Third-Party Software, Browser Components Account For Most Flaws, Study Finds

Businesses often have a difficult time patching software because a significant amount of vulnerabilities are in third-party programs not covered in formal patch management programs overseen by IT teams, according to a study that looked at flaws in popular software programs in 2013.

In an analysis of the 50 most popular programs run on PCs conducted by Danish vulnerability management vendor Secunia, the company found that 76 percent of the coding errors were from third-party programs. Secunia said only 16 percent of the flaws affected Microsoft programs and even fewer (8 percent) were operating system errors. The security vendor's review came up with more than 1,200 vulnerabilities in 27 products in the Top 50 most popular programs.

"No IT administrator has the time and resources to manually keep track of the patch state of all the programs on all computers in their IT infrastructure on a continuous basis," Secunia said in its report, issued at the 2014 RSA Conference. "Users and administrators have to source alternative methods -- independently and per product -- to ensure that their computers are properly patched, and thus protected from vulnerable software."

[Related: Secunia Partner Program Brings Patch Management To Masses ]

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The Secunia analysis is based on anonymous data that it gathered from scans of millions of PCs that run its Secunia Personal Software Inspector, which identifies flaws in third-party programs. The average PC has about 75 programs installed on it, Secunia said. About 40 percent of the programs are Microsoft software.

The Top 50 most widely used programs include a variety of Microsoft products, including all the software in Microsoft's Office suite, Microsoft Outlook, Media Player and Silverlight. Microsoft XML Core Services ranks first on the list. Oracle Java, which surpassed Adobe products in 2013 as the most frequently targeted software, is also on the Top 50 list. Skype, Apple iTunes,and Google Earth are on the list as well. Web-based attacks frequently target Java vulnerabilities and Adobe Flash flaws.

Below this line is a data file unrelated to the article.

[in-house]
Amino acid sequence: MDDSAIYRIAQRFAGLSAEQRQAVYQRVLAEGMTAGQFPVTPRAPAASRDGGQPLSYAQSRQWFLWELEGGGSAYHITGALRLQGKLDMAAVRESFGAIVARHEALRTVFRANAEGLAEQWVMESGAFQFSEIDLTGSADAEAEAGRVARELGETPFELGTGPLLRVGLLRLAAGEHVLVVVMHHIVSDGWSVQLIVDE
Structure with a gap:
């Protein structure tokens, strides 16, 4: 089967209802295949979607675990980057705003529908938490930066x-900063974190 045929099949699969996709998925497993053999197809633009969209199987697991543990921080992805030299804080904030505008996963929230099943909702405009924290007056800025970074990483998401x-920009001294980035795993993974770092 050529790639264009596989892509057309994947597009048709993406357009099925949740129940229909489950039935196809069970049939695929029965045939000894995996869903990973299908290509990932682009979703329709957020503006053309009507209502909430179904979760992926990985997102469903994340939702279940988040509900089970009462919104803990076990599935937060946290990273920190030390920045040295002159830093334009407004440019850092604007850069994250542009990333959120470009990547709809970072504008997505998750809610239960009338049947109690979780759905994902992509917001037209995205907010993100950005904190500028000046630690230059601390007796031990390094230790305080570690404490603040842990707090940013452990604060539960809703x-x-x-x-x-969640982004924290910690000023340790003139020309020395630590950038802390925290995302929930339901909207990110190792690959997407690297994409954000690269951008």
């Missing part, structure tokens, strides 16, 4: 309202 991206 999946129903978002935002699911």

Cybercriminals have been moving from the operating system layer to the application layer to conduct attacks, following years of security improvements, including security defenses and automated update mechanisms built into Microsoft Windows and Office products. The vast majority of software coding errors came from third-party browser components, file and multimedia management programs, VoIP applications, and instant messaging clients, Secunia said. Many of the products lack an automated update mechanism to receive updates and even fewer automatically inform users of available security updates. Data breach studies frequently cite configuration errors and software vulnerabilities among common weaknesses exploited by cybercriminals.

Many companies lack a formalized patch management program or any kind of strategy to gain control of vulnerability management, said Nash Pherson, a senior systems consultant at NowMicro, a St. Paul, Minn.-based systems integrator and Secunia partner. In a recent interview with CRN, Pherson cited instant messenger clients, remote management software, and file-sharing applications as common ways the attack surface increases at the endpoint.

Browser security vulnerabilities declined by 18 percent in 2013 with 727 vulnerabilities reported in Google Chrome, Mozilla Firefox, Internet Explorer, Opera and Safari, according to the Secunia analysis. Secunia said Mozilla Firefox was the browser that posed the most risk of exposure followed by Internet Explorer, Google Chrome and Opera. The company bases its risk exposure ranking on browser adoption and the percentage of unpatched vulnerabilities in the software.

"The more widespread a program is, and the higher the unpatched share, the more lucrative it is for a hacker to target this program, as it will allow the hacker to compromise a lot of victims," Secunia said.

Most of the browser vulnerabilities were rated "highly critical" by Secunia. Users also often have multiple browsers installed on their PC but typically only use one browser, resulting in missing patches, the company said.

PDF readers are also a popular target of attackers. Secunia said it saw a 37.3 percent increase in vulnerabilities to the most widely used PDF readers. Adobe Reader, which by far has the most market share, is exploited most followed by Foxit Reader, according to the analysis. Adobe Systems had 67 of the 70 vulnerabilities reported in PDF readers in 2013.